I take a lot of photographs of my kids. It's an attempt to try to stop time, or at least slow it down. It doesn't work, but I have loved capturing their childhoods. Like all growing kids, they are each their own wonderful at every stage. I love watching them create themselves.
Right now Oliver is 6, Chloe is 8, and our oldest, Elliot, will be 10 on Tuesday, the Ides of March.
Was it really 10 years ago that I watched these big blue eyes dance in the moonlight at 3 a.m. night after night? It doesn't seem possible. Yet, he can mysteriously circumvent the parent controls on his iMac to get to YouTube, so I guess this is really happening.
Besides being a future coder (or hacker), Elliot is a very sensitive and kind boy. His sweetness makes us so proud. He is usually happy, but when he's sad, he doesn't hide it. Drew and I couldn't ask for a bigger hearted, more compassionate boy. He is learning to understand his own emotions, and the emotions of others. If someone is crying—even if Elliot is the one who's crying—he will give a hug, or ask for one. He says, "May you have happy, please?" He has been known to literally push frowns upside down with his fingers. Elliot is autistic, but that hasn't stopped him from feeling a whole lot of empathy for others.
They say when you become a parent, nothing is different except that your heart is now walking around outside your body. These three—my heart.
Having three is fun, they learn so much from each other about the single thing that matters most in life—relationships. As humans, I suppose we all want our people to know how much we love them, and feel our people's love in return. These three are spending their childhoods creating sibling relationships that will last a lifetime.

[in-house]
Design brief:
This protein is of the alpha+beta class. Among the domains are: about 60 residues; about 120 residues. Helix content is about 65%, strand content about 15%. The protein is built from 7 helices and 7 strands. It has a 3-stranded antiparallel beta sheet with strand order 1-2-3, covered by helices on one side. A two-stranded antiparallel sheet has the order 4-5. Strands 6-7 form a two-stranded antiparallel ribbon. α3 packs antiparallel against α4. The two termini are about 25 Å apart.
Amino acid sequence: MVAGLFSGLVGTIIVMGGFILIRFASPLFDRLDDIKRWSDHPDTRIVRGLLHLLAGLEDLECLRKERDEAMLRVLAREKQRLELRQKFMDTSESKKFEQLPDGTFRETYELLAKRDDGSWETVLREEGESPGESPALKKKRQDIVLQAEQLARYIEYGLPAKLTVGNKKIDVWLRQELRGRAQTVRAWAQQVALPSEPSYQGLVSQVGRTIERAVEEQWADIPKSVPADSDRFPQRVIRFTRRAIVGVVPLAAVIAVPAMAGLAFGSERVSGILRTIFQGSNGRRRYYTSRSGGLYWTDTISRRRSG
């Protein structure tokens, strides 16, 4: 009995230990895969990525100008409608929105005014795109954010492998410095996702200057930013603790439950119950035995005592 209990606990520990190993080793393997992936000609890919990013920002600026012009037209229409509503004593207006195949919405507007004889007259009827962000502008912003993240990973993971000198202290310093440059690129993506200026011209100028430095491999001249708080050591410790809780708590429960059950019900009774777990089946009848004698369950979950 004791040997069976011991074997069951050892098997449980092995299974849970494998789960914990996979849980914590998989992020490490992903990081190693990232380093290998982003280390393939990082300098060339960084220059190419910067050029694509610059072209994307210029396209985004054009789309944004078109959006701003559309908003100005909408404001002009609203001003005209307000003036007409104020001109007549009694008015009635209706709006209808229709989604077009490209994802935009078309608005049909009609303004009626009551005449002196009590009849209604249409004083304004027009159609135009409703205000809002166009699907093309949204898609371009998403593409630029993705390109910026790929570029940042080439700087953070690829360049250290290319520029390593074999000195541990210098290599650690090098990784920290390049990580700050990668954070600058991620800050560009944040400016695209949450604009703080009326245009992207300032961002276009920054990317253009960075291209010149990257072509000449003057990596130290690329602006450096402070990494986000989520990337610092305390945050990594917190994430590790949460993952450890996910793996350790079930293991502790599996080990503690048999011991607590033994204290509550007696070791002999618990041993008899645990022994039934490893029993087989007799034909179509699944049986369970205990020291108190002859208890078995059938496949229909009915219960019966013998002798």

Drew and I try hard to be good parents. We try to model for them what it means to care about others, what that looks like to give love and be loved in return. To share in others' joy and sadness. To ask for compassion when we are hurting, and give it when someone else needs it. To apologize and mean it when we are wrong or have hurt someone. To care about more than just ourselves. Parenting is the toughest test of patience, and if I'm being honest, sometimes it exhausts me. I do my best.
When I fall short in modeling the right thing for my kids—like taking the easy way out instead of taking a risk, or losing my cool instead of being the always-patient and completely understanding person I am (enter sarcasm here)—they call me out on it.
Well, let's be honest. Chloe calls me out on it. But it's good; it means they might actually hear me when I talk.
These three make Drew and me feel like we are doing a decent job. Not bad for two people who had no idea what we were doing when we drove away from the hospital and began this adventure 10 years ago.
Love you, turkeys.